Falcons belong to the order Falconiformes and the family Falconidae, which comprises of around 60 species of birds of prey (not just Falcons). There are 37 known species of Falcon in the genus Falco, of which are widely distributed across the World, except from Antartica. Falcons are referred to as Longwings because of their characteristic long pointed wings and narrow tails. Male Falcons are referred to as tiercel’s and females are referred to as purely falcons; the term tiercel is from the Latin word tertius, meaning third - as a male falcon (or any bird of prey) is approximately one third smaller than the female. Falcons typically kill their prey by utilizing a "tooth" on the side of their beak; this is known as a tomial tooth, unlike Hawks, Buzzards & Eagles who typically use their feet. It is widely known that Falcons are the fastest family of Bird of Prey; Peregrine Falcons have been recorded stooping (diving) at speeds of around 200mph, making the Peregrine the fastest-moving animal in the World. Most falcons hunt primarily 'on the wing', meaning that they hunt at speed in the sky, although the Kestrel primarily hunts its prey by hovering - waiting for the right moment to stoop (dive) down on its prey. You will find below the species of Falcon that we currently have in our collection, along with information and photographs of each species.
Lanner Falcon
( Falco biarmicus )
The Lanner Falcon is a close relative of the Peregrine Falcon, however it is smaller and not capable of reaching the extreme speeds of its cousin. The Lanner also has a distinctive red "cap" on the top of its head. They are found native to Africa, with a small number also found in southern Italy and Greece and Asia Minor. Like most Falcons, the Lanner prefers to pursue and take feathered prey in midair. Occasionally it has been known to attack small rodents and lizards on the ground. As it is a smaller species of Falcon, the Lanner mainly predates on small songbirds and doves. It was famous to the Ancient Egyptians as the "Sun Falcon", due to its clever technique of flying with the sun behind it to ambush unsuspecting birds. The Ancient Egyptians believed that the Lanner actually descended from the sun itself to attack, possibly a link to the Falcon-headed sun god Horus.

Kestrel
( Falco tinnunculus )
The Kestrel is one of the most common British birds of prey and is certainly one of the most frequently seen. This small Falcon is distinctive for its hovering flight, often seen today hanging still in the air at the sides of roads. Their preferred prey is small rodents including mice, shrews and voles although very occasionally they will also take small birds. When a Kestrel is seen hovering above a grassy verge, she is on the lookout for rodents down below, ready to stoop down and grab them before carrying them away to a favoured eating place. However while the Kestrel searches she is rarely looking for the rodents themselves. The Kestrel can see ultraviolet light, and the urine trails left by rodents fluoresce brightly to the Kestrel's eyes. By following the networks of trails, she watches carefully for movement at the end of the trail before stooping in for the attack, a practise that cleverly narrows down an entire field of hiding places to a few potential locations. The plumage differs from male to female, with the females being a brown colouration all over with black markings (as pictured) and the male having a blue head and tail.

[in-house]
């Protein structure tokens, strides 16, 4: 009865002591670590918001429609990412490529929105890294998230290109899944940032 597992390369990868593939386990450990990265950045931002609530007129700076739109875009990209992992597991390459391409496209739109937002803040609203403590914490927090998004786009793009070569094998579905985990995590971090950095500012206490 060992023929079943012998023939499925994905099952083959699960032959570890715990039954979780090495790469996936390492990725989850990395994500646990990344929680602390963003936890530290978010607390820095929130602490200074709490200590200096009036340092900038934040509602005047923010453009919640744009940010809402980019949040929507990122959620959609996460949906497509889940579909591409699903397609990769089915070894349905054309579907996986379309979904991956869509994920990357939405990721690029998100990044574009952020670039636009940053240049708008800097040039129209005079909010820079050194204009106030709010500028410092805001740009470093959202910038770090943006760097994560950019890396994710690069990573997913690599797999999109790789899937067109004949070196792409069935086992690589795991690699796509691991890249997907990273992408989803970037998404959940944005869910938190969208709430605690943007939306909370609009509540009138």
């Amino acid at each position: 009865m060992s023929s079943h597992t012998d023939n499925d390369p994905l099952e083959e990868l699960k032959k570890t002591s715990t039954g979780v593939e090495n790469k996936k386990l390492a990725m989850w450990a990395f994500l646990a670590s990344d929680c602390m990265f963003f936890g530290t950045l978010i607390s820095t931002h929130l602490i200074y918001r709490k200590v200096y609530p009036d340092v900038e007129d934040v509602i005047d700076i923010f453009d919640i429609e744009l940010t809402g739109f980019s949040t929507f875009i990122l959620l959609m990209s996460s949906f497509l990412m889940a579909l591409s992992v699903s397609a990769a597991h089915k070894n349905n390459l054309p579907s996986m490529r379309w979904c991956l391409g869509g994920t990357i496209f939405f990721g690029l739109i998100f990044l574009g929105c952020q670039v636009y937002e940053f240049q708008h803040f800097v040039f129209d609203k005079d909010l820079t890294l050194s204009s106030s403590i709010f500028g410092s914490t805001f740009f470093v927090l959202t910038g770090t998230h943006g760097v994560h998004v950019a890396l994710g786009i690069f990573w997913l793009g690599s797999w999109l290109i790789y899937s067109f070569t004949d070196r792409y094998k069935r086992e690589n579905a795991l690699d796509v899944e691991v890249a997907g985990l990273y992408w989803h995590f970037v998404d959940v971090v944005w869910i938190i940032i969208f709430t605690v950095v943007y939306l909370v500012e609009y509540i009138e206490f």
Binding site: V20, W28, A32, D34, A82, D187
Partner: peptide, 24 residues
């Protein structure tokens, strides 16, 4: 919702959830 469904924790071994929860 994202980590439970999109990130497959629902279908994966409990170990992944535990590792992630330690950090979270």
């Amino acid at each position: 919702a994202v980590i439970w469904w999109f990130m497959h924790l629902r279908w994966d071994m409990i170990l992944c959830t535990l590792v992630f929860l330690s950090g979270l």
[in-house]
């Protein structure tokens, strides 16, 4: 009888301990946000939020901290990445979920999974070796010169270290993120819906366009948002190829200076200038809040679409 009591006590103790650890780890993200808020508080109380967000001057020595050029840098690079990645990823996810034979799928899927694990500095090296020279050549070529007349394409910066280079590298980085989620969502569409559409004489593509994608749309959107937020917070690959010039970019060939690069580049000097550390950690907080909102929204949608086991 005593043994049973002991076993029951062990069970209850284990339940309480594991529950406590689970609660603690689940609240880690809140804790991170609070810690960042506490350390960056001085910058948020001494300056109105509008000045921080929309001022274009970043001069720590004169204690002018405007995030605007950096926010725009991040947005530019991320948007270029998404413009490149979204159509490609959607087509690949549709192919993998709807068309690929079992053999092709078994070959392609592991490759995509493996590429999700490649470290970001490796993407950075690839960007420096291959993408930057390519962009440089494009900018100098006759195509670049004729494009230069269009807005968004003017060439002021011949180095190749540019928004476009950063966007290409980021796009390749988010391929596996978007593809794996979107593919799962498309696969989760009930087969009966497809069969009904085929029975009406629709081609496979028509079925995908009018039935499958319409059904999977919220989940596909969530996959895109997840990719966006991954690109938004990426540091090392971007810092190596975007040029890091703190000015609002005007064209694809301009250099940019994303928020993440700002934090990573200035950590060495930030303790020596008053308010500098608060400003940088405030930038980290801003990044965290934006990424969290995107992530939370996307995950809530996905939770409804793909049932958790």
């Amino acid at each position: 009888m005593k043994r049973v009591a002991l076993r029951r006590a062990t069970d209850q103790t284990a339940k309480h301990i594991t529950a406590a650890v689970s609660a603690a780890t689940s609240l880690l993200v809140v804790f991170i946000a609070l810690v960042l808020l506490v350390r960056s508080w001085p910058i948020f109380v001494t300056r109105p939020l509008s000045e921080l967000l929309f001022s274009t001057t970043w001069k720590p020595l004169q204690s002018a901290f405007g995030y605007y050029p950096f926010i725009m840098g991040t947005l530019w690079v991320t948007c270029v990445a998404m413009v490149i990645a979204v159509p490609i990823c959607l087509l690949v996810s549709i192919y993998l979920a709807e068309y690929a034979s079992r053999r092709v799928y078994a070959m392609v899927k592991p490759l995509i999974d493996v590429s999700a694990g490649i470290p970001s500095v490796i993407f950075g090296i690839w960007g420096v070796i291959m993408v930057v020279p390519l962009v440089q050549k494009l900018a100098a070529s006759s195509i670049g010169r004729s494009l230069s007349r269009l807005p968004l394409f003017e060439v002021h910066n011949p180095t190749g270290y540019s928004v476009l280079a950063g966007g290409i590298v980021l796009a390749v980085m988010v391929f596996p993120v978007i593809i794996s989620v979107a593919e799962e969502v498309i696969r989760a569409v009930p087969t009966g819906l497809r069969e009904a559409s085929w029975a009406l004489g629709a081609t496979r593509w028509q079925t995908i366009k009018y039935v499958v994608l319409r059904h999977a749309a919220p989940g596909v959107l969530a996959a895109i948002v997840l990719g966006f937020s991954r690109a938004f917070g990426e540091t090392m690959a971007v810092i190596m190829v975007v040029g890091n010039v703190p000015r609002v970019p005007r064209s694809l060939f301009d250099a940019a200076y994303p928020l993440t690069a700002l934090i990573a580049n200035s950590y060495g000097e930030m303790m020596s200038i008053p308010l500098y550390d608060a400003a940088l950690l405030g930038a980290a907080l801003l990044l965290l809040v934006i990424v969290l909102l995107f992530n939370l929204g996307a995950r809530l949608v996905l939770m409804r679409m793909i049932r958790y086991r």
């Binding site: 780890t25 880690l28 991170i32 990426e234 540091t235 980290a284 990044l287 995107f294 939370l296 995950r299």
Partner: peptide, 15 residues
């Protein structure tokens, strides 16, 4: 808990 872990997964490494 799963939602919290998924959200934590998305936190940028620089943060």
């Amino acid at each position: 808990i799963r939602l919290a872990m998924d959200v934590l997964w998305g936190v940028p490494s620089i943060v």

Eagles
Eagles (like the Hawks & Buzzards) belong to the order Accipitriformes and the family Accipitridae. There are more than 60 species of Eagle in the World - most are from Eurasia and Afica. Outside Eurasia and Africa, only 14 known species can be found; 2 in North America, 9 in South America and 3 in Australia. Like Buzzards, Eagles are referred to as Broadwings. meaning that they are characterized with having long, broad wings and long flight feathers, which allow them to soar high above open plains and water, however some species of Eagle have shorter wings and longer tails which enables them to hunt their prey in the tight confines of forests. The Golden Eagle is probably the best known species of Eagle and is the most widely distributed species of Eagle in the World. Given their size and strength, most Eagles can hunt large prey such as deer and monkeys, whereas some species such as the Steppe Eagle are often found eating carrion but will kill mammals up to the size of a hare. The largest species of Eagle is known as the Harpy Eagle; weighing between 9 to 22lbs, standing at between 3-4ft and with a wingspan of between 5ft 9in to 7ft 4in (range is between that of a male and female - the female being larger). Most Eagles lay just 2 eggs when breeding, however the largest of the 2 chicks usually kills the younger, smaller chick, usually without any interference from the adult Eagles. The Eagles vision is among the sharpest of any animal in the World; some Eagles can spot the size of a rabbit up to 2 miles away! You will find below the species of Eagle that we currently have in our collection, along with information and photographs of each species.
Steppe Eagle
( Aquila nipalensis )
The Steppe Eagle is a medium sized Eagle, roughly half the size of its relative the Golden Eagle, and is found native to the Russian and Mongolian Steppes, as well as other areas of Eastern Europe and Central Asia. Despite their intimidating appearance, this species is almost exclusively a scavenger and will only occasionally take prey such as rabbit and partridge. It will also use its larger size to steal food off other birds. The Steppe Eagle is also migratory, and will travel to Africa. As it is very similar in behaviour and diet to its African relative, the Tawny Eagle, the two will often be seen at one kill.


Postal Address :- Shieldaig Lodge Falconry, Shieldaig Lodge Hotel, Badachro, Gairloch, Ross-Shire, IV21 2AN

Call Us :- +44 (0)1445 741 738

E-mail Us :- shieldaig@falconryscotland.co.uk

Call the Shieldaig Lodge Hotel :- +44 (0)1445 741 333

Please note: for those outside the United Kingdom, please drop the 0 and include the prefix +44 when calling.

Travel to :- We are located at the Shieldaig Lodge Hotel which is located in the Highlands of Scotland at Gairloch, in Ross-Shire.

Travel Plan :- Please click here for a map and to get directions from your start-off location.